In September 1997, the U.S. Air Force chose Gichner as the contractor for the AN/TPS-75 Radar System Shelter Replacement Program. Again, the company received the program even though it wasn’t the lowest bidder. In awarding the contract, the Air Force praised Gichner in almost the same terms the Army used for the rigid wall shelters: “Their proposal was evaluated with no weaknesses,” the Air Force said. The following year, the Air Force exercised an option for a second development/test unit, and has since purchased several more.
Earlier in 1998, Gichner was awarded a build-to-print contract for the modular extendable rigid wall shelter by the U.S. Marine Corps Systems Command. It was a unique move by the Marines in that it chose Gichner in a competition over both the original developer and the original prototype producer of this form of rigid wall structure. The contract with the Marines calls for 10 shelters and includes an option for an additional 22 units.
Serve and Protect
In creating the Business Products Division, Gichner recognized that commercial businesses needed protection for their sophisticated, critical electronic systems from both thermal stresses and outside pollutants. The company has been marketing this end of the business as the ultimate protection for its customers’ electronics systems. Sarine says, “We’ve been telling our commercial customers that they can bring electronics into these shelters as protection from the outside environment.”
The linchpin of the commercial product line is the PRO-TECH series of cabinets. PRO-TECH enclosures protect their contents from weather, sand, dust and temperature extremes encountered anywhere in the world. These cabinets are made with an exclusive bonded-panel construction, which eliminates hot or cold “shunts” in the panels by incorporating thermal barriers at all structural-member locations. The design also includes rigid insulating foam with a high R value. The end result is a thermally efficient cabinet that both protects electronic equipment and reduces utility costs.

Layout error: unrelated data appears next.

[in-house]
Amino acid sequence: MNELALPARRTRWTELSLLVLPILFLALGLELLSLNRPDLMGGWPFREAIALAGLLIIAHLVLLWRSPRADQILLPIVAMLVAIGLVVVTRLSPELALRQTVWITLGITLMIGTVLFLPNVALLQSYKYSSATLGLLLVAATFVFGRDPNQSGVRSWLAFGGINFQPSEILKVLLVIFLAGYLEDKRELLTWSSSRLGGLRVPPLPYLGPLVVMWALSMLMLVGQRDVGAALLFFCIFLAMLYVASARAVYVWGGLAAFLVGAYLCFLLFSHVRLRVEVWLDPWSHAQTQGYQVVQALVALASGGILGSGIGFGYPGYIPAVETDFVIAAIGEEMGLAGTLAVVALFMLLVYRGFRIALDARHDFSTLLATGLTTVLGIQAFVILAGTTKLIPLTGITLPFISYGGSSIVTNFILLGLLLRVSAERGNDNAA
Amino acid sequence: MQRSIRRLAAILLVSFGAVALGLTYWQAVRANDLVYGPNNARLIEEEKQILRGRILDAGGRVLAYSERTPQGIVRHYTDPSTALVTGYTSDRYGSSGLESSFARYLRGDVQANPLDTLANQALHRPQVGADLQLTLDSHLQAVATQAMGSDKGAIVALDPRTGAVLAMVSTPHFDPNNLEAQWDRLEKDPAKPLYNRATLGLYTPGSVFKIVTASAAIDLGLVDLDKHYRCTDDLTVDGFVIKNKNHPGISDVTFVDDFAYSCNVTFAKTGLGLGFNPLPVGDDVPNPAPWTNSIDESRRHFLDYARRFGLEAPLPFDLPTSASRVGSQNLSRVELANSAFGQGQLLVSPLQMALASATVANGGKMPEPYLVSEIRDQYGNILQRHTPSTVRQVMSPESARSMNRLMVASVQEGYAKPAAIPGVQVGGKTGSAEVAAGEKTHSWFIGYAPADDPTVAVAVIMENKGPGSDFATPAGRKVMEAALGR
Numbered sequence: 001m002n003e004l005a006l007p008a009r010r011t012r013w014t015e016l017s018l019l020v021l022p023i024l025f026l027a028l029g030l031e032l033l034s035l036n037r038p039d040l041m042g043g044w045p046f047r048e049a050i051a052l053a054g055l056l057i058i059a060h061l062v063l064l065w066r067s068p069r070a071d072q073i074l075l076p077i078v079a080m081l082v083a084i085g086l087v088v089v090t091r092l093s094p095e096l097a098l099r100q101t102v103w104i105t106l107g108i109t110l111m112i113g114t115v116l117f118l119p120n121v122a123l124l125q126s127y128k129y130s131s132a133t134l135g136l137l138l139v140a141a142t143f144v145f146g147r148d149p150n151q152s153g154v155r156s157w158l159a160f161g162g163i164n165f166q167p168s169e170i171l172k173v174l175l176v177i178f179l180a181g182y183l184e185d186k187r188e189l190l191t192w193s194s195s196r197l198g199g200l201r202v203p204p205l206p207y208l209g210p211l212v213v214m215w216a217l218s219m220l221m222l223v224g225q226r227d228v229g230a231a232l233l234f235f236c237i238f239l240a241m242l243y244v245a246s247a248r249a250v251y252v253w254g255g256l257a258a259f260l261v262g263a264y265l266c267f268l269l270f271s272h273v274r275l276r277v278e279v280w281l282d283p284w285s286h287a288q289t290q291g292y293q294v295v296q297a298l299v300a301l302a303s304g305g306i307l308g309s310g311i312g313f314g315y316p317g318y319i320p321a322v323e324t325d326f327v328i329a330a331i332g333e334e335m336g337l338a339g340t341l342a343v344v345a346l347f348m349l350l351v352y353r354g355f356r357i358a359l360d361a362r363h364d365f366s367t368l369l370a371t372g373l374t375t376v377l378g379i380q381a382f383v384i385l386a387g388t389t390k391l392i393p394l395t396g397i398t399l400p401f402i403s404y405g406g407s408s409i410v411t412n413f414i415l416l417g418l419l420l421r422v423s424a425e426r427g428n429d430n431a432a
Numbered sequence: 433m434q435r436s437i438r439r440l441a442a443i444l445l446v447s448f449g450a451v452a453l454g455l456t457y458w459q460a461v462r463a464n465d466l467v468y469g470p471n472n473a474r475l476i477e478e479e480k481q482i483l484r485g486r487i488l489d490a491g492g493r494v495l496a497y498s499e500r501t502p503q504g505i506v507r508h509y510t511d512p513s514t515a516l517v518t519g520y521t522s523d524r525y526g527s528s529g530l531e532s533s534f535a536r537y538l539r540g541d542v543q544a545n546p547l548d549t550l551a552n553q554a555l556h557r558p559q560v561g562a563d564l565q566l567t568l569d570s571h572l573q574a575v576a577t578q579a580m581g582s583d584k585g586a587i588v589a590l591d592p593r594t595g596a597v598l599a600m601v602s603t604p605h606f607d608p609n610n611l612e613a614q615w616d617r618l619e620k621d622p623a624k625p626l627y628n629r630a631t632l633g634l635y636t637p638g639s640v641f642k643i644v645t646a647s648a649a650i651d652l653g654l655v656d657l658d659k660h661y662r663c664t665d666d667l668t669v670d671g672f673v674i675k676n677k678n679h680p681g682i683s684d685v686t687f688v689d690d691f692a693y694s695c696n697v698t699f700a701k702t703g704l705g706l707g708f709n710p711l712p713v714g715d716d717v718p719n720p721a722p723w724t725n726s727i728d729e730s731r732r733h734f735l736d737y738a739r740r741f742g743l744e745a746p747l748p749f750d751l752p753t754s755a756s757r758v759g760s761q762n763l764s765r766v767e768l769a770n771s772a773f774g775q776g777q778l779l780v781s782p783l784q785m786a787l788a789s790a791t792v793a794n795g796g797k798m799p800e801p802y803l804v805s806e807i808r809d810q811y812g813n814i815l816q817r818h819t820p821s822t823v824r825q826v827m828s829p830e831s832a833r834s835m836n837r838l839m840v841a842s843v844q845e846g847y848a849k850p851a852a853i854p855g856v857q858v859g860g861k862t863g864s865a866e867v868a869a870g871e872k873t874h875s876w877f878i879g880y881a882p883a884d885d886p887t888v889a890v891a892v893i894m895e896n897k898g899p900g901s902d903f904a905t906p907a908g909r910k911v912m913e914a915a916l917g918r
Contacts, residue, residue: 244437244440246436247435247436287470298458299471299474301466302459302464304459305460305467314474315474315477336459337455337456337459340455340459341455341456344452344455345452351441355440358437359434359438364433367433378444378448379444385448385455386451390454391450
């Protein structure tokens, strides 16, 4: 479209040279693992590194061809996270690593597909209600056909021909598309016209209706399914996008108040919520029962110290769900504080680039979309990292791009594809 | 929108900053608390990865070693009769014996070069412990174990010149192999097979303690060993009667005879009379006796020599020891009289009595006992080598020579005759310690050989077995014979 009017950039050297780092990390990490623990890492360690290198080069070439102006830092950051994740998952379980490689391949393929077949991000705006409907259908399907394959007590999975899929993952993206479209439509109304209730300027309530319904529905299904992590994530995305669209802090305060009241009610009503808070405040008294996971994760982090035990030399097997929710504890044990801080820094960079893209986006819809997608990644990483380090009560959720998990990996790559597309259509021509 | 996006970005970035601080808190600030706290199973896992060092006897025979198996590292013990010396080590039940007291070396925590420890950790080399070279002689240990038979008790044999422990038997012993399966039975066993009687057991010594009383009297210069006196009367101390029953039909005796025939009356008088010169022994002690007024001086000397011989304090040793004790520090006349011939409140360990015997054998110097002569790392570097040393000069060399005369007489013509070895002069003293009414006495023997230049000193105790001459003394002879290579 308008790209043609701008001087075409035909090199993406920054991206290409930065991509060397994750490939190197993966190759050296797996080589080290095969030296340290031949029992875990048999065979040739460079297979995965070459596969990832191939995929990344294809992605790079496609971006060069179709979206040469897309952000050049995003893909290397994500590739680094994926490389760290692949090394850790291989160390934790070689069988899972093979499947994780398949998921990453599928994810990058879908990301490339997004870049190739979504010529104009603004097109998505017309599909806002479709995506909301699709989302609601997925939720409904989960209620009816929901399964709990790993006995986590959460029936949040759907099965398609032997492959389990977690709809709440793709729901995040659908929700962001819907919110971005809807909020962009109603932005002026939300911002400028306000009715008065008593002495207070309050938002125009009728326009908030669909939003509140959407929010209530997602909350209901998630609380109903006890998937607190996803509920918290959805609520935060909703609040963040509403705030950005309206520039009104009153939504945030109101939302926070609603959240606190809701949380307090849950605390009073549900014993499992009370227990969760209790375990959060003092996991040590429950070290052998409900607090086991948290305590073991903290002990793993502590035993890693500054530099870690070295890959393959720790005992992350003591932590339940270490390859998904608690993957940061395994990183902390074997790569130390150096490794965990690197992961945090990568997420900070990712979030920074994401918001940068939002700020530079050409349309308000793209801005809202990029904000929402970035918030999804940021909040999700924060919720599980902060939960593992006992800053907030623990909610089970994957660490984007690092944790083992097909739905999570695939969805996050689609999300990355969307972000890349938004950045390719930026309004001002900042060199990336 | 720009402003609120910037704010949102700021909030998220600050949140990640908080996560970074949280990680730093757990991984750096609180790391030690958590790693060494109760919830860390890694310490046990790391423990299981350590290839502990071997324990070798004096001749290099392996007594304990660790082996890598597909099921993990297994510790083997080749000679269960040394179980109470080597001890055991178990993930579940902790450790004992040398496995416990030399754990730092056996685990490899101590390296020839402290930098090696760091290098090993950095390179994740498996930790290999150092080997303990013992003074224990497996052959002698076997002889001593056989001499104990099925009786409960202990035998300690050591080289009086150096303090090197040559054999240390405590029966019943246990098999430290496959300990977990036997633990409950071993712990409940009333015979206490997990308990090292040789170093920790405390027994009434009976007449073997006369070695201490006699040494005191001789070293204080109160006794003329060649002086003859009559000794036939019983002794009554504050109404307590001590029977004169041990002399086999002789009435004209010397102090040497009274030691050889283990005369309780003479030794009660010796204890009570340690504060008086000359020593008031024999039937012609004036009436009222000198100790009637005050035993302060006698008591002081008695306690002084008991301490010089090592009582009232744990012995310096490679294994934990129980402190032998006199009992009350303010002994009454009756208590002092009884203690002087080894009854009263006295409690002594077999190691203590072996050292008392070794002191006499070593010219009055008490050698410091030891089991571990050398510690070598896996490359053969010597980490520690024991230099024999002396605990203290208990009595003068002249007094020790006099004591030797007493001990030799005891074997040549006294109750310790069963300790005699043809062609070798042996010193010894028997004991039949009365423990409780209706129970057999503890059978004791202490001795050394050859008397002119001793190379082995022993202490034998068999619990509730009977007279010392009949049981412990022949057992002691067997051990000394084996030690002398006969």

The PRO-TECH series includes two-bay, four-bay, six-bay and drop-over versions. They are made with a closed heating/cooling system and recirculate the inside air, thus reducing the interior levels of outside pollutants. The series also comes with options such as a separate, ventilated battery compartment to ensure the integrity of the electronic systems.
Structures for Growth
The Gichner corporate structure also includes Optima Electronic Packaging Systems, based in Tucker, Ga. Founded in 1962 and acquired by Gichner in 1986, Optima is a designer, manufacturer and distributor of electronic enclosures that serves OEMs in the communications and electronics industries throughout North America. The division’s signature, highly engineered products use an extruded aluminum construction offering a high strength-to-weight ratio and a contemporary appearance. Optima’s enclosure line includes standard, modified standard and customized structures.
Currently, Gichner’s sales are still weighted toward its military customers. “This market evolves slowly,” Sarine says. “When we win a new military contract, we have to make product that meets their requirements.” Judging, however, from the previously mentioned case studies, Gichner has a strong track record in meeting and exceeding what customers want.
It’s that track record that Gichner is taking forward as it prepares to meet the promise of the commercial sector. Sarine says this is the area that offers the best growth prospects for the company in the next few years. With its capabilities to do both small runs and large runs, the commercial sector has found in Gichner a strong and capable partner.